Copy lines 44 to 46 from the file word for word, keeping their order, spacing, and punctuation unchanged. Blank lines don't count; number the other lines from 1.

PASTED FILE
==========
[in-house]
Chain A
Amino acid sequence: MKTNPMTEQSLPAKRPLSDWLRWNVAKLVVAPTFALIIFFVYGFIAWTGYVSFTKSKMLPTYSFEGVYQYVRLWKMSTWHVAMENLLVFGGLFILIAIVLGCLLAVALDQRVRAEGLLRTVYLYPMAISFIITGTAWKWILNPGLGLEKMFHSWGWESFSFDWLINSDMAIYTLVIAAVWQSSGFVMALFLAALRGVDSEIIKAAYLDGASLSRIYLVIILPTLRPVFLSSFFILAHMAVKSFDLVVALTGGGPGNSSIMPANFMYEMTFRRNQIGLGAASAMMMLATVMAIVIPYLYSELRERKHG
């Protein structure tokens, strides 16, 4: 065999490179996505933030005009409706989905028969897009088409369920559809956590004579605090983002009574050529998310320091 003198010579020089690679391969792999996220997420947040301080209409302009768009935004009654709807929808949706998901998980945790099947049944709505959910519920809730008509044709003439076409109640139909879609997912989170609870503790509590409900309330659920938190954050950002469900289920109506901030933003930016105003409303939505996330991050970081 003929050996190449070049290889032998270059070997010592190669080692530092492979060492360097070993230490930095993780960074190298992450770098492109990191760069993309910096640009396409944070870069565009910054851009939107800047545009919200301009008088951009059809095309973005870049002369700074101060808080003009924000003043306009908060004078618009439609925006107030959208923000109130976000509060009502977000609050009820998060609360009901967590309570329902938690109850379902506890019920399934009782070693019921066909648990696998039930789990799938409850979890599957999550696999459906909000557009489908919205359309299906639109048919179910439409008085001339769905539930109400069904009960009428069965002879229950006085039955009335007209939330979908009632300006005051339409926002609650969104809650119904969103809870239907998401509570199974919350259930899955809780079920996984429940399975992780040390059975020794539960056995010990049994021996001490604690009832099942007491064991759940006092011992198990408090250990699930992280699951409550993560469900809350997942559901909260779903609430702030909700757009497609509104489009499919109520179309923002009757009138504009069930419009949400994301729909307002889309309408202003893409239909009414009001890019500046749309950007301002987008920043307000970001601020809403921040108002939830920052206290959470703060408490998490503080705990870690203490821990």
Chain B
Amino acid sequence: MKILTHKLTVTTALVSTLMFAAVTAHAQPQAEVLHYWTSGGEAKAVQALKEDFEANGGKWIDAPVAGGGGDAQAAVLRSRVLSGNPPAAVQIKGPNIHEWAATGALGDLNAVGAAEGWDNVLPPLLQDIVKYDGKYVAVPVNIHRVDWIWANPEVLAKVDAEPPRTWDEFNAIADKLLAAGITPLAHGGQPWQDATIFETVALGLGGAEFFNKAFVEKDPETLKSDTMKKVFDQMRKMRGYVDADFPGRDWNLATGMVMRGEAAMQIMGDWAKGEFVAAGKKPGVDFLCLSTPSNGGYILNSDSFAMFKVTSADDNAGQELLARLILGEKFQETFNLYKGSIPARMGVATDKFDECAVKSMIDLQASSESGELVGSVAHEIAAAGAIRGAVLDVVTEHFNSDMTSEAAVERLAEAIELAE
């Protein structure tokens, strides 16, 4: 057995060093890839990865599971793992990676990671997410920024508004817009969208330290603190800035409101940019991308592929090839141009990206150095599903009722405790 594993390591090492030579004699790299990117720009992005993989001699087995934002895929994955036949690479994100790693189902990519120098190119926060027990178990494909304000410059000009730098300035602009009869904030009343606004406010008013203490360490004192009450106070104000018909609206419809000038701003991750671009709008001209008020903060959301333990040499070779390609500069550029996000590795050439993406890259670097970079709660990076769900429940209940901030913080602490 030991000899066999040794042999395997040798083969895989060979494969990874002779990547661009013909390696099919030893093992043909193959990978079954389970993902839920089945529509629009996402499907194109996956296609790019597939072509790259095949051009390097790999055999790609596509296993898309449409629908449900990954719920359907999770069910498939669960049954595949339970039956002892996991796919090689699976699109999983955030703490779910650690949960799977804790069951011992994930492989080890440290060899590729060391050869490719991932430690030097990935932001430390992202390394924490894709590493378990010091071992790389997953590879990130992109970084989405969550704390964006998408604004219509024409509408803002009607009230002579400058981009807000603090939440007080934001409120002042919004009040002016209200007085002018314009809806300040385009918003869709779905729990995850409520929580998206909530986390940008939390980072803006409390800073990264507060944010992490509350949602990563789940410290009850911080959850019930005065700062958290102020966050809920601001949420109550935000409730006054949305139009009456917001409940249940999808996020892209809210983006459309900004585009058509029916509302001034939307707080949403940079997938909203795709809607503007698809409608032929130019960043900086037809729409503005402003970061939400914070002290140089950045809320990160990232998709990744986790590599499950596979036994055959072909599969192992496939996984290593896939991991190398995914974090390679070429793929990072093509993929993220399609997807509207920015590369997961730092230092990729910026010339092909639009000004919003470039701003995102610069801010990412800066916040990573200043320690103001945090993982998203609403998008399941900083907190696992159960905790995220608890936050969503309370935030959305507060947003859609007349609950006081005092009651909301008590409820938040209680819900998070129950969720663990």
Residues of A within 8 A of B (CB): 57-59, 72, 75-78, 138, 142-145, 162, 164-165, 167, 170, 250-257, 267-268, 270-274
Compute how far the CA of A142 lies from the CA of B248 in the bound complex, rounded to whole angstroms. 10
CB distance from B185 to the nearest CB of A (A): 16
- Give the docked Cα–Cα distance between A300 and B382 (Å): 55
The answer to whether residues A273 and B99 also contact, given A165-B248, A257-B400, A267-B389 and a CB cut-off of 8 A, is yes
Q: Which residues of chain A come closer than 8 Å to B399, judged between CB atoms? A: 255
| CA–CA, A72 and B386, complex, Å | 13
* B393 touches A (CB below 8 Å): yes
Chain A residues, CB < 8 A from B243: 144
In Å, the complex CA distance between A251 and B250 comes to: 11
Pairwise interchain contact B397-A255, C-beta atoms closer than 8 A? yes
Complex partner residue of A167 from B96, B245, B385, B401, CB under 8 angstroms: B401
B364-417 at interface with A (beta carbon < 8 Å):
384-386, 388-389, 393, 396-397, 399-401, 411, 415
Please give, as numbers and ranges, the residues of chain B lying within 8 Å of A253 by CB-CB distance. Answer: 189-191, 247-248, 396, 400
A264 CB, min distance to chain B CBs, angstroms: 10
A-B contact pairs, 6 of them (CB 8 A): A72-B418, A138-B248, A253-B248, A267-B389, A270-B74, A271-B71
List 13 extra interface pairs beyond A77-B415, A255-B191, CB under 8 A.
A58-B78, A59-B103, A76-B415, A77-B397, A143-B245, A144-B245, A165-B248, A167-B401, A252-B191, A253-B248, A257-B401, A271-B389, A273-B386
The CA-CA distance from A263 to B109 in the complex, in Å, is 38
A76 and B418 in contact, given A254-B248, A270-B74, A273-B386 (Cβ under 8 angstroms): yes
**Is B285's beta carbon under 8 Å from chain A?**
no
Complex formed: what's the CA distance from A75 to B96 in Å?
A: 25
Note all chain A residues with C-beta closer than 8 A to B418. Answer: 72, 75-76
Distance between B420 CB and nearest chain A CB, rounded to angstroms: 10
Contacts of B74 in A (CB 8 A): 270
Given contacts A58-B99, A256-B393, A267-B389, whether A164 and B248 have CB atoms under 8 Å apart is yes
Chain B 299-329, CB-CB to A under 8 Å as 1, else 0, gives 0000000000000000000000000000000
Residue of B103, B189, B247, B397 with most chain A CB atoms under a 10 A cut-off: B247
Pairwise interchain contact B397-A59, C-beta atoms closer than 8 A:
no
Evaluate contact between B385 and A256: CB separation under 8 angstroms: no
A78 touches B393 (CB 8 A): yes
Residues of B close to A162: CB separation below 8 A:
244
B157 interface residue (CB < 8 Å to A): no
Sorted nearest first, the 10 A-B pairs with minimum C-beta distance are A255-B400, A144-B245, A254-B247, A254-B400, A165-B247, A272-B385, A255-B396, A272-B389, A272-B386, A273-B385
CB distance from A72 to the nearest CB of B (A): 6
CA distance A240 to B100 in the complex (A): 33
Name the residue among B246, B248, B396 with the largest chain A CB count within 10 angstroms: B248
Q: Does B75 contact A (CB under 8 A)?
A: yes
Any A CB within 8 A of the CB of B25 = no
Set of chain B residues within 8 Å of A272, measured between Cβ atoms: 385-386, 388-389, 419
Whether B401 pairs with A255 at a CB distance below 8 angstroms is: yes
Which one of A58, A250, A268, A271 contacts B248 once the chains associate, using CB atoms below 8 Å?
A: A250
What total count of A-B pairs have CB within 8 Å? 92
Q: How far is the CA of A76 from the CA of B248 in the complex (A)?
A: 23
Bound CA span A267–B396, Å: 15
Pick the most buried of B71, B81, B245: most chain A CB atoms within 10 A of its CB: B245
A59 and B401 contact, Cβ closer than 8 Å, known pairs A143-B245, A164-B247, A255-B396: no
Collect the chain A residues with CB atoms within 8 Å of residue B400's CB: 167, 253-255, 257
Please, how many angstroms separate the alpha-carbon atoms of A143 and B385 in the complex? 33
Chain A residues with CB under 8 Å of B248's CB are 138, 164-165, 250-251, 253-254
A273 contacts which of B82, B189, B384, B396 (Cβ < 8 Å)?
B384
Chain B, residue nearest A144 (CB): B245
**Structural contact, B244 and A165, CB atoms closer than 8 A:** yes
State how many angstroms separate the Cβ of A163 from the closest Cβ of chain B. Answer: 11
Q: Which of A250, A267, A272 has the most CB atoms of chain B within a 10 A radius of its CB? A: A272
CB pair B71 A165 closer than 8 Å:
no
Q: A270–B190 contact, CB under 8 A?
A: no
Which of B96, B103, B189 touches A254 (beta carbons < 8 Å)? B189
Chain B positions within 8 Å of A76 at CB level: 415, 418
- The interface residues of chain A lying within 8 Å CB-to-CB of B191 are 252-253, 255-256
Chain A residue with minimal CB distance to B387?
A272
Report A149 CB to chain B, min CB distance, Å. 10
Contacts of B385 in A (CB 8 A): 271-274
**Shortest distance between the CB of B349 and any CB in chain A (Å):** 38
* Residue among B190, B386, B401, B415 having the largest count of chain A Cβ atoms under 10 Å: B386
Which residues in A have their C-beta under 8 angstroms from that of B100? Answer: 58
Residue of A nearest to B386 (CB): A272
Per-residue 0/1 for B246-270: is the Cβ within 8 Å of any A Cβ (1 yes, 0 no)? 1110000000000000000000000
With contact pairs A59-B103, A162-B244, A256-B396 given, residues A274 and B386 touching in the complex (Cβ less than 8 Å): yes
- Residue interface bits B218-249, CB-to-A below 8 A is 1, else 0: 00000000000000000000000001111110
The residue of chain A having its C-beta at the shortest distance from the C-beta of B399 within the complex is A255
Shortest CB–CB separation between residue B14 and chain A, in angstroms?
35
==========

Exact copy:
244
B157 interface residue (CB < 8 Å to A): no
Sorted nearest first, the 10 A-B pairs with minimum C-beta distance are A255-B400, A144-B245, A254-B247, A254-B400, A165-B247, A272-B385, A255-B396, A272-B389, A272-B386, A273-B385